64. As regards the statement that the widow ought to have seen him personally, I do not see why she was under any necessity to do so especially as he admits that there was nothing improper in the letter asking for consent (Ex. EE-9).
65. It was argued that the refusal was only tentative and that if she had gone and persuaded him he might have changed his mind. But it is clear from the closing portion of the letter 'it is therefore not possible to give you consent as desired in your letter' that the matter was conclusive leaving no door open. He no doubt says 'if you had come to me and convinced me, I might have consented.' But it is difficult to see how a person who took the grounds as he did in Ex. EE-11 would have been convinced of the propriety of the adoption.
66. The plaintiff's main grounds were that he would lose the estate, that his enemy's son was being adopted and that the widow had no power to adopt. It is argued that he was actuated by the consideration that the inheritance should not be cut up and the widow should not deprive the adopted son of any share in the estate and that the plaintiff was justified in refusing to give his consent. I doubt very much whether the motive to benefit his enemy's son at the expense of the widow would ever have influenced him. Even assuming that there was no arrangement as regards giving one-half of the estate to the widow, it is clear from his letter that he would have refused his consent. His admissions in cross-examination make this clear.
Q. - As you arc on inimical terms with Ramakrishnayya would you lie prepared' under any circumstances to consent to the adoption of his son?
A. - I would object to it on the ground that he belongs to a family which has all along been denying my legitimacy. But if the 1st defendant had come and consulted me properly in person I do not know what I would have said.
Q - Would anything she might say induce you to forget the enmity?
A. - I cannot say what I would have done if she had come and discussed with me.
Q. - Can you mention any circumstances which will induce you to forget the enmity?
A. - I am not able to think of any now.
67. As regards the loss which he refers to in paragraph 1 of his letter Ex. EE-11, he says that it is the prejudice to his reversionary right.
68. Though in the letter Ex. EE-11 the plaintiff says that Ramakrishna conspired with the widow and his brothers and received a bribe for giving his son in adoption he states in paragraph 10 of the plaint as a ground for the invalidity of the adoption that Ramakrishna was too ill and was not mentally or physically able to give his consent. Both the trial Judge and Krishnan and Venkatasubba Rao, JJ., have held that Ramakrishna was mentally and physically able to give his consent to the adoption and to take part in the ceremony of giving. I do not think on the evidence on record it can be held that Ramakrishna was incapable of either giving his consent or giving the boy in adoption.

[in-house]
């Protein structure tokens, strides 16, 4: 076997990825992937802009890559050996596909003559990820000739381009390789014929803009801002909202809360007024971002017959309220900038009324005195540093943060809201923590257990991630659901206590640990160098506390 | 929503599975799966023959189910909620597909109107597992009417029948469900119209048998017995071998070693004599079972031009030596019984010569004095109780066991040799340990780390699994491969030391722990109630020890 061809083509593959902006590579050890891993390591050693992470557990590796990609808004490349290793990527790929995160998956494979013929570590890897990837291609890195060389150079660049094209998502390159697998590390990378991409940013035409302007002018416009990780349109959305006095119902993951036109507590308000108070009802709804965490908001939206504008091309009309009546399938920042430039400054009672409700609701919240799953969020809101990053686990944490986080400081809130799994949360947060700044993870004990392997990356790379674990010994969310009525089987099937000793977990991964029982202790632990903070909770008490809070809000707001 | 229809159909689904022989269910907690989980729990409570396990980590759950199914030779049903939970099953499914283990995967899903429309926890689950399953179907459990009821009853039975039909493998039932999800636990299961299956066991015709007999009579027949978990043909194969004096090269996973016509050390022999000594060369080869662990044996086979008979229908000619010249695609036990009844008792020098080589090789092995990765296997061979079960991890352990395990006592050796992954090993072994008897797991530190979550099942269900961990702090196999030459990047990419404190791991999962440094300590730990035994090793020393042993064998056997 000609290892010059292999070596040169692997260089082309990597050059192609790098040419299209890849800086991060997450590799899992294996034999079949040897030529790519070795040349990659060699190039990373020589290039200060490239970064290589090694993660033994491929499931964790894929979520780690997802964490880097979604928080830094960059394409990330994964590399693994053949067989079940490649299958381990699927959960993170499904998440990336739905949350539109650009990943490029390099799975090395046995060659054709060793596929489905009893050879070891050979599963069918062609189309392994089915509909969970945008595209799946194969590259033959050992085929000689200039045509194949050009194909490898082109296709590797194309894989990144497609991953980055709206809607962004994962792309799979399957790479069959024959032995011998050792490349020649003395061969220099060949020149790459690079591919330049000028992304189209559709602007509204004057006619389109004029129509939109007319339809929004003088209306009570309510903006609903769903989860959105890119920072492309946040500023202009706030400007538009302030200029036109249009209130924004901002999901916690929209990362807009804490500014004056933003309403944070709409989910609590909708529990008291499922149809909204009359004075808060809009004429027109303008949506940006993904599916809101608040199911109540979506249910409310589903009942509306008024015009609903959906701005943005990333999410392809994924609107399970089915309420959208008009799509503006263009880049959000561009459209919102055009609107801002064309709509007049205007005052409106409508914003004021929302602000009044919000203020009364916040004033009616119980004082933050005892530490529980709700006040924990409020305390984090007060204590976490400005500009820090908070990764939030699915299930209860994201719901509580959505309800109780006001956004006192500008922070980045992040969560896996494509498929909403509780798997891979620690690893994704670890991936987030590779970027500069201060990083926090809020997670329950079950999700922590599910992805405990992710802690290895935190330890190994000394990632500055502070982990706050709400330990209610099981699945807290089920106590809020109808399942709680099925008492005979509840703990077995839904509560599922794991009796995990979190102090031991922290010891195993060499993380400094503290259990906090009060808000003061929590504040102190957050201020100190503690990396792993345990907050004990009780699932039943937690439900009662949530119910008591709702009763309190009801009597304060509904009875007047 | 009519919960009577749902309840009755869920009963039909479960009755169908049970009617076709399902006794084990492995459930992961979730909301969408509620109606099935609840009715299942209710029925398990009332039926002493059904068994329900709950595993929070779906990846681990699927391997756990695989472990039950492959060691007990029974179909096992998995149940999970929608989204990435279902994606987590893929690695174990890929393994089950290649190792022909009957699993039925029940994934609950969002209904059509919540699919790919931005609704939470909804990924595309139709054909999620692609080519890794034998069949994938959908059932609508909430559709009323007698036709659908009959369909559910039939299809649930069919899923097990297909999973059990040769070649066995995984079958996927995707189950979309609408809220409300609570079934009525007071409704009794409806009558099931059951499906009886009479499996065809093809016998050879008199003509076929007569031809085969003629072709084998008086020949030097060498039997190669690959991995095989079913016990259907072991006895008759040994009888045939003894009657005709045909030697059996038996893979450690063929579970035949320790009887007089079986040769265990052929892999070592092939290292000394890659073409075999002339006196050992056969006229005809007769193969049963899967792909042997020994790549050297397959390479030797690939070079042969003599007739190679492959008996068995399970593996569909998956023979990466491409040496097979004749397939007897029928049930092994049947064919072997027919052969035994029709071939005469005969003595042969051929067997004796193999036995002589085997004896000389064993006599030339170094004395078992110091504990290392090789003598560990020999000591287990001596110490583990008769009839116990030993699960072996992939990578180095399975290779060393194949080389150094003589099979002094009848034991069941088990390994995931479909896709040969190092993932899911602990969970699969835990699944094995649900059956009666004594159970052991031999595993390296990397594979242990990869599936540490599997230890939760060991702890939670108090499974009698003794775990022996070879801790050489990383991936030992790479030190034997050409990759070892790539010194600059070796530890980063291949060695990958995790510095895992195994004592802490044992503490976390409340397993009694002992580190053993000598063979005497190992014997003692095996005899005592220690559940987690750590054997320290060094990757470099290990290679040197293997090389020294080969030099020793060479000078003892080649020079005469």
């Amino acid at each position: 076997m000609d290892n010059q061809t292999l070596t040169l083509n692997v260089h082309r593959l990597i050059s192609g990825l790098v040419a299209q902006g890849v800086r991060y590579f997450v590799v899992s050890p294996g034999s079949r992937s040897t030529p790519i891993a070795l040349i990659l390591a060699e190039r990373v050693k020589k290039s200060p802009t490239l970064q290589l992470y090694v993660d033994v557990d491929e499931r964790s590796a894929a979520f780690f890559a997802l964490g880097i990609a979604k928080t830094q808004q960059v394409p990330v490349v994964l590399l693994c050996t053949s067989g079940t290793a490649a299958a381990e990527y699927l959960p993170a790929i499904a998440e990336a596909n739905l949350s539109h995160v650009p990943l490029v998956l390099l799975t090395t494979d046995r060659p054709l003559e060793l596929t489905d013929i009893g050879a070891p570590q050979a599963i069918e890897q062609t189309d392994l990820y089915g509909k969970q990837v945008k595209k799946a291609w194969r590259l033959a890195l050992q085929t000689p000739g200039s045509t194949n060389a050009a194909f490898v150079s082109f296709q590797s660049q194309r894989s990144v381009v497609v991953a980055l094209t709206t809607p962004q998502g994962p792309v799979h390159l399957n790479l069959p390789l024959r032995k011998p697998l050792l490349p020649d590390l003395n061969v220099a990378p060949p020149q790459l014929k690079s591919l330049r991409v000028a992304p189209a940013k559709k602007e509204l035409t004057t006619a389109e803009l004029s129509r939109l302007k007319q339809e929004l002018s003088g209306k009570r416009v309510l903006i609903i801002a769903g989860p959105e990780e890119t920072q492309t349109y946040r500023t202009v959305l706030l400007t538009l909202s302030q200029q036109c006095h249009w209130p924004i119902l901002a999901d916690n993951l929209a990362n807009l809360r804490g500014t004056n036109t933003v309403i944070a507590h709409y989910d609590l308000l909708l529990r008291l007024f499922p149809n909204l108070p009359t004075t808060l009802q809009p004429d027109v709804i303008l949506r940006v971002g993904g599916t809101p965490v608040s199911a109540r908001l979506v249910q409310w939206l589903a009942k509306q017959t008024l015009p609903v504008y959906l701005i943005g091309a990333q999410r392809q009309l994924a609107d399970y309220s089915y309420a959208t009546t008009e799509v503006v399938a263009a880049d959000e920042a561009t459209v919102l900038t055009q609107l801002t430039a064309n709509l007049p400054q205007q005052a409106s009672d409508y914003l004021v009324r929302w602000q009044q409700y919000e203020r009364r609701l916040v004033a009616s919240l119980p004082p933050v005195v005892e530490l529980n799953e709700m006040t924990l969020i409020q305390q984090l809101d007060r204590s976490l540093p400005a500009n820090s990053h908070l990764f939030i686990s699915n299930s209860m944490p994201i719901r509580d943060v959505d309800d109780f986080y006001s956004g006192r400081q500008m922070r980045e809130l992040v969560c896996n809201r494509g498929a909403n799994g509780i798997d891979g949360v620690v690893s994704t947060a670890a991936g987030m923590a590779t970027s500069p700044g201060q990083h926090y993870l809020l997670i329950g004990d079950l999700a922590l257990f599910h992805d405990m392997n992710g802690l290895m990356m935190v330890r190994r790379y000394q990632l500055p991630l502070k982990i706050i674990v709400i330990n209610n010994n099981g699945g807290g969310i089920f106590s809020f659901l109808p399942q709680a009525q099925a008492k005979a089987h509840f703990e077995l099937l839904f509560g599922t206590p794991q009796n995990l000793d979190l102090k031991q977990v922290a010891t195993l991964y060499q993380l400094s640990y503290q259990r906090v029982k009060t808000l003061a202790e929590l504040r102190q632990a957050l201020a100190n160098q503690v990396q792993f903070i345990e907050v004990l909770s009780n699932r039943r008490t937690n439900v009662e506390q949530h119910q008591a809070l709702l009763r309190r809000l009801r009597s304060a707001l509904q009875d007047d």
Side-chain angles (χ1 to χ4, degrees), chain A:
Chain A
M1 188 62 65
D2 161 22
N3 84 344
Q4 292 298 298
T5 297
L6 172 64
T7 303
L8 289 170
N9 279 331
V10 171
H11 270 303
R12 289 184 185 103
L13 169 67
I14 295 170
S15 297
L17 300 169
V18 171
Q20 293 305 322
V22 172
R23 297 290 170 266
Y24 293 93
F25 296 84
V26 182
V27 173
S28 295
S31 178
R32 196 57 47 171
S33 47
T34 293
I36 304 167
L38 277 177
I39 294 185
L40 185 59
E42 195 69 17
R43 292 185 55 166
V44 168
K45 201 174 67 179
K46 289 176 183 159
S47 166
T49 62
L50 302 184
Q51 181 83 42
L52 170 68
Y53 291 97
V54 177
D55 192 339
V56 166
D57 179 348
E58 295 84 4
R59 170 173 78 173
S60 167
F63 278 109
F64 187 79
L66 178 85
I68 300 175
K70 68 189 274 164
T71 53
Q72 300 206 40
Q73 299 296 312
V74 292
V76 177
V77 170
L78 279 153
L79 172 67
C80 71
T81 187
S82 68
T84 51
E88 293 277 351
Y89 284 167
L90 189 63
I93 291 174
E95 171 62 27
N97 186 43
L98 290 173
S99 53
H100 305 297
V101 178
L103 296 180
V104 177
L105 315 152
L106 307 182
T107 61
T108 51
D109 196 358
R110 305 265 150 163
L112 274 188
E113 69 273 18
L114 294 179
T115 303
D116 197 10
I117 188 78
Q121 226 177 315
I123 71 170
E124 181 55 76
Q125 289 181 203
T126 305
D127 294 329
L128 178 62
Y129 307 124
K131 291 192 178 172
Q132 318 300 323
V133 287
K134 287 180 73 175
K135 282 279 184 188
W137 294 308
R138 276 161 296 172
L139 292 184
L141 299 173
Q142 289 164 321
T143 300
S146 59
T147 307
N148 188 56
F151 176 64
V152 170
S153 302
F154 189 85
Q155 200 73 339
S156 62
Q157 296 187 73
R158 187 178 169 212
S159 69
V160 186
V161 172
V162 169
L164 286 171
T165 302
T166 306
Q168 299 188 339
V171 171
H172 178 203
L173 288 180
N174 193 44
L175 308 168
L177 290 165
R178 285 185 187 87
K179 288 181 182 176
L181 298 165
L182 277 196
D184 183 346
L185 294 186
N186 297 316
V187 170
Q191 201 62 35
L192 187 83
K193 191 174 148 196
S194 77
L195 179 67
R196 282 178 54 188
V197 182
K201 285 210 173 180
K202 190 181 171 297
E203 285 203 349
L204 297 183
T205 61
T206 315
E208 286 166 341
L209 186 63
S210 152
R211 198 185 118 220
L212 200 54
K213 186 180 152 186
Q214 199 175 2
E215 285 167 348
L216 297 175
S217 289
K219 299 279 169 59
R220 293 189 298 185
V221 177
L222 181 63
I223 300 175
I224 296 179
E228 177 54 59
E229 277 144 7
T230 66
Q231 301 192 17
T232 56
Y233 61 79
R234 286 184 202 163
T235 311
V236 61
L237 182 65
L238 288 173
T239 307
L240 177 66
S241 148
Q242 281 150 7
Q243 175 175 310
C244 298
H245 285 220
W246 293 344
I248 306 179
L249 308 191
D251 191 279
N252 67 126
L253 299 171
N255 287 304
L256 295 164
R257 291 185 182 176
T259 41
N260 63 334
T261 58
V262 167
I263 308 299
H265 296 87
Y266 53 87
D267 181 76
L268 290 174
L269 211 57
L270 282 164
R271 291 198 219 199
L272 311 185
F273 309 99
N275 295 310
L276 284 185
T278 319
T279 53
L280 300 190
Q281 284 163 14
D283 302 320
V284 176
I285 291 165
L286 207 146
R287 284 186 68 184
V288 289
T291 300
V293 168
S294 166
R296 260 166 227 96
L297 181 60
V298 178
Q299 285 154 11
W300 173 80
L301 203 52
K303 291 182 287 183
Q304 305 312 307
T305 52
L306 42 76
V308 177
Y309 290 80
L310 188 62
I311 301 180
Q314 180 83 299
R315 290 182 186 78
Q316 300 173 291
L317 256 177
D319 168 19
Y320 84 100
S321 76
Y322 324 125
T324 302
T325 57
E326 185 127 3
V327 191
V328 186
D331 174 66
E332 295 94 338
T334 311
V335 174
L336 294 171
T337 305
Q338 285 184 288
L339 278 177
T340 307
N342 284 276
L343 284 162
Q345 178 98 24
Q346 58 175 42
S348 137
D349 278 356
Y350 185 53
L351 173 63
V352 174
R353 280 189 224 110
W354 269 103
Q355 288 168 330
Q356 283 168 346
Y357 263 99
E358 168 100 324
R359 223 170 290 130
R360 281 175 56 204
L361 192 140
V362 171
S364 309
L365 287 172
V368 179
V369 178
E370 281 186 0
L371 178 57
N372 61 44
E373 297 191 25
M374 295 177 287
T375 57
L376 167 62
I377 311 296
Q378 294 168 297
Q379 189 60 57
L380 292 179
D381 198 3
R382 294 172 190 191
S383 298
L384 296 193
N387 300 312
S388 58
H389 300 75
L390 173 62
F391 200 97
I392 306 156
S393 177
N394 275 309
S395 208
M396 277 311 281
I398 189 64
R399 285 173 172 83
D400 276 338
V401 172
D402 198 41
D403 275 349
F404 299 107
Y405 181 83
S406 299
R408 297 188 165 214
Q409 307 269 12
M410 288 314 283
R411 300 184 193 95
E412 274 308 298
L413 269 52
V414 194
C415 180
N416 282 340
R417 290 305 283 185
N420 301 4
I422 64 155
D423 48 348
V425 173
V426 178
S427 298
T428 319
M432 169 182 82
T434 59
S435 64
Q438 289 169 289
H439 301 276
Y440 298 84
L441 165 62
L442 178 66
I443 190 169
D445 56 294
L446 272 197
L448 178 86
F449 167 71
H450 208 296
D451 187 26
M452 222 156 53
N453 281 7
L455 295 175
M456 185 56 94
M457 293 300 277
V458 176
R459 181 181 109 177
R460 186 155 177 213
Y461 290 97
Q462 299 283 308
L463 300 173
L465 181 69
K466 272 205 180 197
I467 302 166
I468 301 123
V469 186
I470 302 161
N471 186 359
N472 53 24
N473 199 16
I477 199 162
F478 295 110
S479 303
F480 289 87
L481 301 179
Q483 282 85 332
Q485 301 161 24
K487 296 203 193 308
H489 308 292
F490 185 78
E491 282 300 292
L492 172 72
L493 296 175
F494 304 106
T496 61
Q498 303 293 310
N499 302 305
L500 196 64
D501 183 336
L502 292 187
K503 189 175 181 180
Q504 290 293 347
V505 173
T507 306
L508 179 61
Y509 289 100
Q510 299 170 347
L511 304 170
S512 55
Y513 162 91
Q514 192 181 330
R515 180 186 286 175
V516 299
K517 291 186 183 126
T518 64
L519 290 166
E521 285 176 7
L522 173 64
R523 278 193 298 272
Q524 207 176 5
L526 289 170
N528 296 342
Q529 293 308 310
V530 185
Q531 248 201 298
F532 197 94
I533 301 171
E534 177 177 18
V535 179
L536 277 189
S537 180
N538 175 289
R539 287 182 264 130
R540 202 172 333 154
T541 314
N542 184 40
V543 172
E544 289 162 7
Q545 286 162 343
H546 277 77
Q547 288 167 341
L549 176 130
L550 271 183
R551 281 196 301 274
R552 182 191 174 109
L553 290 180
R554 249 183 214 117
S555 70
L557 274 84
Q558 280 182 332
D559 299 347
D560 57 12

69. Reference has been made to the evidence of Major Niblock. But Major Niblock says that he attended on Ramakrishna on the 13th of February and subsequently. The negotiations for the adoption took place long before. The evidence of Mr. P. V. Krishnaswami Chetti shows that Ramakrishna was quite capable of exercising his discretion. I see no grounds to disbelieve the evidence of this very respectable witness.
70. As regards the actual part taken by Ramakrishna on the 15th February the date of the adoption, it simply consisted in handing over the boy to the 1st defendant. It is not suggested that any ceremonies had to be performed by Ramakrishna beyond handing over and there is nothing in Major Niblock's evidence to show that he could not have done this.
71. I am of opinion that the plaintiff's refusal to give his consent was influenced by purely personal motives.
72. I have already given my reasons for holding that the adoption was not merely a device for dividing the estate between the 1st defendant and the adopted son, and that the adoption was not made for the purpose of enabling the 1st defendant to raise money to help her brothers in purchasing the Voratla estate but that the debts to discharge which half the estate was given were her debts contracted by her either personally or by her brothers and nephew at her request. I am of opinion that the plaintiff's withholding his consent was not justified.
73. The only next reversioner was Ramakrishna. There is no authority for holding that the fact that his son was going to be adopted would render him incapable of giving his consent. On this point both the trial Judge and Justices Krishnan and Venkatasubba Rao on appeal agree.
74. In Venkammal v. Namasivaya Chettiar (1895) 6 M.L.J. 35 there was only one sapinda whose boy was adopted and it was held that his consent was sufficient to validate the adoption. This case was decided so long ago as 1896. In Parasara Bhattar v. Ranga Bhattar I.L.R. (1880) Mad. 202 there were only two reversioners and the assent of one of them was held to be sufficient when the other refused consent on grounds which were improper. So far as I am aware, the validity of the consent of a sapinda whose son is adopted has never been doubted.
75. I agree with Venkatasubba Rao, J., in holding that the adoption of the 2nd defendant by the 1st defendant is valid. I would allow the appeal and dismiss the suit with costs throughout.
76. However, as my learned brothers Odgers, J., and Jackson, J., have taken the opposite view the appeal will under Section 98, Civil Procedure Code, be dismissed with costs.
77. I regret to be unable to agree. I pronounce my own view of this case with some diffidence.